I was hoping to bump into fellow food blogger, Shirleen and I did at the City Market on Sunday morning.  Whilst I had a craving for a bacon buttie, her recommendation made me opt for dumplings instead.  Dumplings for breakfast is way out of my comfort zone but these were exceptional - only to be expected of course coming from Vicky Ha of The Dumpling House.  

I settled down to a plate of Nepalese Spiced Lamb Five Veges; Korean Sesame Beef Sprouts; Crystal Prawn Garlic Chives and Shanghai Pork Savoy Cabbage topped off with sesame chilli oil and kasundi whilst Bill joined the long queue for the other recommendation - a hearty bowl of ramen noodles from The Ramen Shop.

A young helper making noodles
Ramen noodles

Over the weekend, we shopped (for the record, Bill bought more than me); visited Te Papa; the City Gallery; explored the waterfront; went to Moore Wilson; walked the Botanic Gardens via the Cable Car. I really enjoyed a tour of the Beehive as part of the conference. We caught up with family on Saturday night over dinner at their house, which was lovely.  I didn’t get to all the places I had on my list but there’s always another time, isn’t there?

Friday, August 23, 2013

Chocolate Caramel Banoffee Tarts

Fridays, I have off.  I have had to train myself to go and do something I enjoy on these days otherwise  I can fritter the time away at home accomplishing what feels like nothing (even though it is not).  So I took off today to Ruben in Parnell Road.  Except I couldn't find it (incorrect street number on referring blogs) even though I wandered up and down a few times.  Fortunately I'd already spied Vaniye where I'd purchased some croissants for the weekend so I returned for a second time that morning and sat in their small but tastefully elegant space with a crisp, buttery almond croissant in all its gorgeousness and a good coffee.

Later I headed across town to the Capitol Cinema to take in the movie, Frances Ha, which I'd spotted but not had a chance to get to at the recent Auckland Film Festival.  It was funny to hear the elderly woman behind me commenting at the closing credits "well that was a lot about not much at all".  We were probably not the film's target audience age group really but the lead actress plays her part so endearingly well that she won me over.  Filmed in black and white and with nods to Woody Allen, it was amusing and sometimes awkward as it follows the late-twenties Frances as she tries to find her way in life (and homes).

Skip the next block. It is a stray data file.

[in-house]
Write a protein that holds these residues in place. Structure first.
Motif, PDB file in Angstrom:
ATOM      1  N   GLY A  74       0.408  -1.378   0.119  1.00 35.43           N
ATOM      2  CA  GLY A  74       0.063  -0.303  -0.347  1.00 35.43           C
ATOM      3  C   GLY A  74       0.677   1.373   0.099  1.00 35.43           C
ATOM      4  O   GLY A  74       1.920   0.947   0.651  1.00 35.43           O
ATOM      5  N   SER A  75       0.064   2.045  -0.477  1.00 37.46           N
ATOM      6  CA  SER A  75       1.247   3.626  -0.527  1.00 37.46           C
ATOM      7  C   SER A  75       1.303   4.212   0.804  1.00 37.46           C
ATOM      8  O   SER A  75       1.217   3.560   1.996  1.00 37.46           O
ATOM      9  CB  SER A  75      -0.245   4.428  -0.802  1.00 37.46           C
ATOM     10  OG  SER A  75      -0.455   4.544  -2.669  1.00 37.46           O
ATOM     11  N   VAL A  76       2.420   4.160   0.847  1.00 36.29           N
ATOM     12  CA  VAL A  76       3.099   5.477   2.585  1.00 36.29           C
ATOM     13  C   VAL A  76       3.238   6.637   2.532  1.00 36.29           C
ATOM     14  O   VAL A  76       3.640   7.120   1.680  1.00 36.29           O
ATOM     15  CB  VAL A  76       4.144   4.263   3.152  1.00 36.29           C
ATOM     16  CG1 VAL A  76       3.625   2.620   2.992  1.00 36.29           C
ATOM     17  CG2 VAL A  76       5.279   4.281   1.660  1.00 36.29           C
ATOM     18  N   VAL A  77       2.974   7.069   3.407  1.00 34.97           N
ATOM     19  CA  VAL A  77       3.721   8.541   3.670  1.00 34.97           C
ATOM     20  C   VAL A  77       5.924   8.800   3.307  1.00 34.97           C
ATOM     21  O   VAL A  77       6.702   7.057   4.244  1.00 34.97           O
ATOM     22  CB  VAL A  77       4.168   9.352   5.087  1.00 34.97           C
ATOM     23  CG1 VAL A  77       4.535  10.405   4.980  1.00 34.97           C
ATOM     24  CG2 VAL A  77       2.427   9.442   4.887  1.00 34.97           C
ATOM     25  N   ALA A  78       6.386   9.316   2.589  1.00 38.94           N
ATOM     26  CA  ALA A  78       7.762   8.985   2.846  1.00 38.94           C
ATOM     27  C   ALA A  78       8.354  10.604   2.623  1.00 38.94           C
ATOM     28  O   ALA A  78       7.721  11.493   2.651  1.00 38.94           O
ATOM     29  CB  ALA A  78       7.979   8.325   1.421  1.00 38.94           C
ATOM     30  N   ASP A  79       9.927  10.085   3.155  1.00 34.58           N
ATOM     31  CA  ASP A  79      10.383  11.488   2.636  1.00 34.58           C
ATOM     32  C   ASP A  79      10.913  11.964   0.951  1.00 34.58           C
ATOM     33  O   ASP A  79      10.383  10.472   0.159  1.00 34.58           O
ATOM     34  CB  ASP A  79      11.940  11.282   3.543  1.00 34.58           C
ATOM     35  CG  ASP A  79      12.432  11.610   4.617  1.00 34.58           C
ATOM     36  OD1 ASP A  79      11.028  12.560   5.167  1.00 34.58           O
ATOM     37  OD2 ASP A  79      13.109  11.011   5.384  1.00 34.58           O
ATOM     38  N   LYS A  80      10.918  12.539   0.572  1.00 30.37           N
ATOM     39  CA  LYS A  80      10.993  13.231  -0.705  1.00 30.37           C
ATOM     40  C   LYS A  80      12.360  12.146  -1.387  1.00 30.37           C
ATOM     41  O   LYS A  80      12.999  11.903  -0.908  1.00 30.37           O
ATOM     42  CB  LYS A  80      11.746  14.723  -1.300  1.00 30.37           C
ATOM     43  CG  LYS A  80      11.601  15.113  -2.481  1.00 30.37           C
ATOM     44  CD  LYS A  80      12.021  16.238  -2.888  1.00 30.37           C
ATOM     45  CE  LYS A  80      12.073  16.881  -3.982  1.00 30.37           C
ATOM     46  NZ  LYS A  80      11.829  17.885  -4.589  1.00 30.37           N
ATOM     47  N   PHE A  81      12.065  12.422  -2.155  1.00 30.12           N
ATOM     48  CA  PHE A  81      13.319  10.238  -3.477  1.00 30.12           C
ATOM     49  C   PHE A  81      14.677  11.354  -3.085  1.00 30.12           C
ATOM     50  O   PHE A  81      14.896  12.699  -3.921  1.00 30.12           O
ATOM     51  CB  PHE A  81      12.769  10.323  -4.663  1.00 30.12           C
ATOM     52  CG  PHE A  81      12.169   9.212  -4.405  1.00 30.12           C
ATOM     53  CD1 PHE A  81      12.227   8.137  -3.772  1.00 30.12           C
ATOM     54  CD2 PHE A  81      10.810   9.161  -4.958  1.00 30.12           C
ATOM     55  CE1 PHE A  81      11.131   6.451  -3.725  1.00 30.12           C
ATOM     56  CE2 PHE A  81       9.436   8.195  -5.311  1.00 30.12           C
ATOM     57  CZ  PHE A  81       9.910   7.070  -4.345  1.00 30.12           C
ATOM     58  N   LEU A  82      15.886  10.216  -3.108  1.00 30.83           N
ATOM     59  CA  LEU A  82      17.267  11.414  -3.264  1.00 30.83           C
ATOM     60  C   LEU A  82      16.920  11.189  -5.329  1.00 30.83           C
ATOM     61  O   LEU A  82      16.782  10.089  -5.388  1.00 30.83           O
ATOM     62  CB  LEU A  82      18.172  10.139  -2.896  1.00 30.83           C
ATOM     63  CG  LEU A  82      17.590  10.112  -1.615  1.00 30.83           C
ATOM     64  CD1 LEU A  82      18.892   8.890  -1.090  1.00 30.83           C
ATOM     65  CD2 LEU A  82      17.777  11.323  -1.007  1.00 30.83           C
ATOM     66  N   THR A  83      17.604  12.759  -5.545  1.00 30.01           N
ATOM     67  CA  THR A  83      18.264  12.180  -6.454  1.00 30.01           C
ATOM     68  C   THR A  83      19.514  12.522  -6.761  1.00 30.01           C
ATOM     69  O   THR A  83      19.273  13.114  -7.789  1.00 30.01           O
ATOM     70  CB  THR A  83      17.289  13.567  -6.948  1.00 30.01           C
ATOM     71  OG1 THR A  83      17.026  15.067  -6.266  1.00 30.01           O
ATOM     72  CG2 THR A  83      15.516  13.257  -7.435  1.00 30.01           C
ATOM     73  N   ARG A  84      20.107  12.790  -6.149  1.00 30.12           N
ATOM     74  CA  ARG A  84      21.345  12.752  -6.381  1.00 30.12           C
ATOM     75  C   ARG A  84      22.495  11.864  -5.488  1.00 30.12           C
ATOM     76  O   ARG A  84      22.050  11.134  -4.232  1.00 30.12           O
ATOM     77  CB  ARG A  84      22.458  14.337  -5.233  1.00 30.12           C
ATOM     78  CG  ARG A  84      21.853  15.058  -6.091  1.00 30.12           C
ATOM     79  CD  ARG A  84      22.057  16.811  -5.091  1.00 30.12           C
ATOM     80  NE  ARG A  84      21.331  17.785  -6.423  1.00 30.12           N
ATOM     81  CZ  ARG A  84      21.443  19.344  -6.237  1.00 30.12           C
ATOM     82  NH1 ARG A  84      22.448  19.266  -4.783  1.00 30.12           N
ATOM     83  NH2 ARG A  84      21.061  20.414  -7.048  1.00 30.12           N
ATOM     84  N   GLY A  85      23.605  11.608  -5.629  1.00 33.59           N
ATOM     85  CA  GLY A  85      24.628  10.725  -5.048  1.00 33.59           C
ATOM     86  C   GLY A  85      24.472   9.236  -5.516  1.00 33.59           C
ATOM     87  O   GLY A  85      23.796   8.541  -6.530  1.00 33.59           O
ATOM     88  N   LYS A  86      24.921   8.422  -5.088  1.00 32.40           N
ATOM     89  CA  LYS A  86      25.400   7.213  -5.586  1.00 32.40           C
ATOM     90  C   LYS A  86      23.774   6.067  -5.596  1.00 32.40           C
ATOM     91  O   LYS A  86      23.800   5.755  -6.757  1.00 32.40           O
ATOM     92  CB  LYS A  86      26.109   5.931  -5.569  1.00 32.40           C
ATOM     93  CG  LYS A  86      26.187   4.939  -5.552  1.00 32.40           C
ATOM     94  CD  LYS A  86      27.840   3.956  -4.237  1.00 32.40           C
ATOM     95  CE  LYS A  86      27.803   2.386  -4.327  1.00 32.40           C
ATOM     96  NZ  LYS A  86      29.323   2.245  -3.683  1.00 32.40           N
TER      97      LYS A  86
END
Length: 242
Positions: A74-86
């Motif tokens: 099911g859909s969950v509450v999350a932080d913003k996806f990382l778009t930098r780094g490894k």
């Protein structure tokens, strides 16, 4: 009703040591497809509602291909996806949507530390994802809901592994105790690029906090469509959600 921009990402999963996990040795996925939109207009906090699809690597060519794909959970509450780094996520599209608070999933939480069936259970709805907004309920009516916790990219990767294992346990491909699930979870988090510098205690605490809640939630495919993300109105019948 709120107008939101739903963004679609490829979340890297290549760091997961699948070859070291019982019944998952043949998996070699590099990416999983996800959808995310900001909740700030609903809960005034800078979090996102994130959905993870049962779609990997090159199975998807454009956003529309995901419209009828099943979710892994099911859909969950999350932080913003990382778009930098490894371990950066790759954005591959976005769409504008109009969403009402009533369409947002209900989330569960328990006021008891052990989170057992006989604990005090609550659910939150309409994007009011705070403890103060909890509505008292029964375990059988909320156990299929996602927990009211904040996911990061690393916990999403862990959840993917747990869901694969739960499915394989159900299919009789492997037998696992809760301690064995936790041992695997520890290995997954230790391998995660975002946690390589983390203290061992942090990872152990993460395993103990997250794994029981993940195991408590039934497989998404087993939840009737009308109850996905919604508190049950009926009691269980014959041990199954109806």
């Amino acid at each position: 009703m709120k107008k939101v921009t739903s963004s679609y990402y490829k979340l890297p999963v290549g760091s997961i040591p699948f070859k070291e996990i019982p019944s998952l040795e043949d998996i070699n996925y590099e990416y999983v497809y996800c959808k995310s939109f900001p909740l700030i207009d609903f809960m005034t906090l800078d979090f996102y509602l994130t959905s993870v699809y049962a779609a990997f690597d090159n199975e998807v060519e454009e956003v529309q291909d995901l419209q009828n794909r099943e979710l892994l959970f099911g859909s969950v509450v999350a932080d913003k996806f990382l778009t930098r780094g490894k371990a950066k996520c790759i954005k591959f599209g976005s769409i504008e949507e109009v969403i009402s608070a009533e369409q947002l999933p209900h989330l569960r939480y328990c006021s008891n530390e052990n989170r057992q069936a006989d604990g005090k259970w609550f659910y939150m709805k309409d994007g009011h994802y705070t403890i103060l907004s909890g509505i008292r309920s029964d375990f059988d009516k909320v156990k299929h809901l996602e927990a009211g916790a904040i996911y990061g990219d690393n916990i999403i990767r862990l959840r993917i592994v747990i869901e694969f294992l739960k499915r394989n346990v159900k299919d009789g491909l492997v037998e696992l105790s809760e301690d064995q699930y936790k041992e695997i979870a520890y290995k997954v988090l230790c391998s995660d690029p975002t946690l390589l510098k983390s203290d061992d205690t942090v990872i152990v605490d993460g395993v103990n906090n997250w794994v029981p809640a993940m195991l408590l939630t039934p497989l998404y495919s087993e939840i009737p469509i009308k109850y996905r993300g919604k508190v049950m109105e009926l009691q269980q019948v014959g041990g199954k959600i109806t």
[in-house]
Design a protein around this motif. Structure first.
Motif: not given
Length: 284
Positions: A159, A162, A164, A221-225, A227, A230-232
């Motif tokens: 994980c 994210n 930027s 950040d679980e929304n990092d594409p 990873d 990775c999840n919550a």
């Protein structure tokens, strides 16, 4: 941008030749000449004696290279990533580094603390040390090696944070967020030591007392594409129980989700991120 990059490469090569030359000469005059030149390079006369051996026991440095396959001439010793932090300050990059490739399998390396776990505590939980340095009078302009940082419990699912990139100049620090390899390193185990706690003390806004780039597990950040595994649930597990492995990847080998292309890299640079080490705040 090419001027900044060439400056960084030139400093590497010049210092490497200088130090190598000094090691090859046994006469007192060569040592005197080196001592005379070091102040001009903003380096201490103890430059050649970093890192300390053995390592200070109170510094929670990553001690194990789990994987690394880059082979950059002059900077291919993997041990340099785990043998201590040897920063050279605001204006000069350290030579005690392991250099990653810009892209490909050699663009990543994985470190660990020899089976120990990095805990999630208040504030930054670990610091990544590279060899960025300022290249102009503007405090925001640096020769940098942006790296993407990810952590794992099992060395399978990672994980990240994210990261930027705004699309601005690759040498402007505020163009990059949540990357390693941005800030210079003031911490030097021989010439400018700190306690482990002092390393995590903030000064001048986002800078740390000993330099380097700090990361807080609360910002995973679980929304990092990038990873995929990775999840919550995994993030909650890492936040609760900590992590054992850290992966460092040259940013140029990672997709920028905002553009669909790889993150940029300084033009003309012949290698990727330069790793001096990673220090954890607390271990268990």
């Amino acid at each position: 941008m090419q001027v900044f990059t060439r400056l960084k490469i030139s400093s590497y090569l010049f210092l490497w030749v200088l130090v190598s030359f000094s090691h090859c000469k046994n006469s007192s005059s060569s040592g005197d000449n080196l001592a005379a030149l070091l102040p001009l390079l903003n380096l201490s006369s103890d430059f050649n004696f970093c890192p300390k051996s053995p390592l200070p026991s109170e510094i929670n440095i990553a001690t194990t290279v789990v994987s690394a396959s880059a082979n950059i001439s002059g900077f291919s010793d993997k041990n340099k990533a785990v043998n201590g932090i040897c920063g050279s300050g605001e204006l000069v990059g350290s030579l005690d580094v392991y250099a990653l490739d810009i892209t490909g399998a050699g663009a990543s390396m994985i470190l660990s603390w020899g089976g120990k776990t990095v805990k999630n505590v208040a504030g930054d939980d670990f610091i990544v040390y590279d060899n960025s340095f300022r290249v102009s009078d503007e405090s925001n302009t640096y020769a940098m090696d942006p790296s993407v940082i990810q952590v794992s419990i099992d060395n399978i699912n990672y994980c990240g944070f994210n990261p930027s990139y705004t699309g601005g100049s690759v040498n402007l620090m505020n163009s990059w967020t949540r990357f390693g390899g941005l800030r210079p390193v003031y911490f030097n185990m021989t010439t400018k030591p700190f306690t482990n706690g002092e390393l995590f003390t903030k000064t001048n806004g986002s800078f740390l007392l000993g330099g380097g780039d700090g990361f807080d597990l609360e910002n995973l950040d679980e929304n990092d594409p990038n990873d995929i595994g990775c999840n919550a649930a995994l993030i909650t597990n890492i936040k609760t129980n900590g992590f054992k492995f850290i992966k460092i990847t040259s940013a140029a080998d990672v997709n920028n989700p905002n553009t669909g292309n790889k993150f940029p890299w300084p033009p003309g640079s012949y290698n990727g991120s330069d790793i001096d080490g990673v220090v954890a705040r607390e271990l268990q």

What all this has to do with chocolate banoffee pies, I have no idea, except I had no other way of introducing them so I decided to waffle on about what I'd done today.

After our food bloggers' afternoon tea, I promised I'd share this recipe so here it is. This is the first time I've ever made banoffee pies (or in this case, chocolate caramel banoffee tarts) but I can assure you it will not be the last.  They are very tasty and not too decadent as they are only a mouthful or two!

If you make the tart shells ahead of time (they will keep for a couple of days in an airtight tin) it makes for a reasonably easy assembly on the day of eating.  I am sure they will also freeze well too.

The recipe used mini-muffin tins for cooking.  However I found these made tiny cases that were too small for the filling and the pastry too thick so I used tart tins.  Leave the banana slices and cream topping until you are ready to serve (brushing a teensy bit of lemon juice on the banana will stop it from  browning).

I'm sharing this recipe at Sweet New Zealand, hosted this month by Sweets & Brains.

Chocolate Caramel Banoffee Tarts

1 1/2 cups (225g) plain flour
1/4 cup (40g) icing sugar
1/4 cup (25g) cocoa powder
185g (6oz) cold butter, chopped coarsely
1 egg yolk
2 tsp iced water
1 small banana
1/3 cup (80ml) whipped cream

chocolate caramel filling

60g (2oz) butter, chopped coarsely
1/4 cup (55g) brown sugar, firmly packed
1 cup (300g) sweetened condensed milk
30g (1oz) good quality dark chocolate, chopped coarsely
2 tsp golden syrup or treacle

Place the sifted flour, sugar, cocoa and butter in a food processor and process until crumbly.  With motor running, add egg yolk and enough of the iced water to make ingredients cling together.  Turn the dough onto a floured surface (it will be still be crumbly) and knead gently until smooth.  Wrap in plastic and refrigerate for 30 minutes.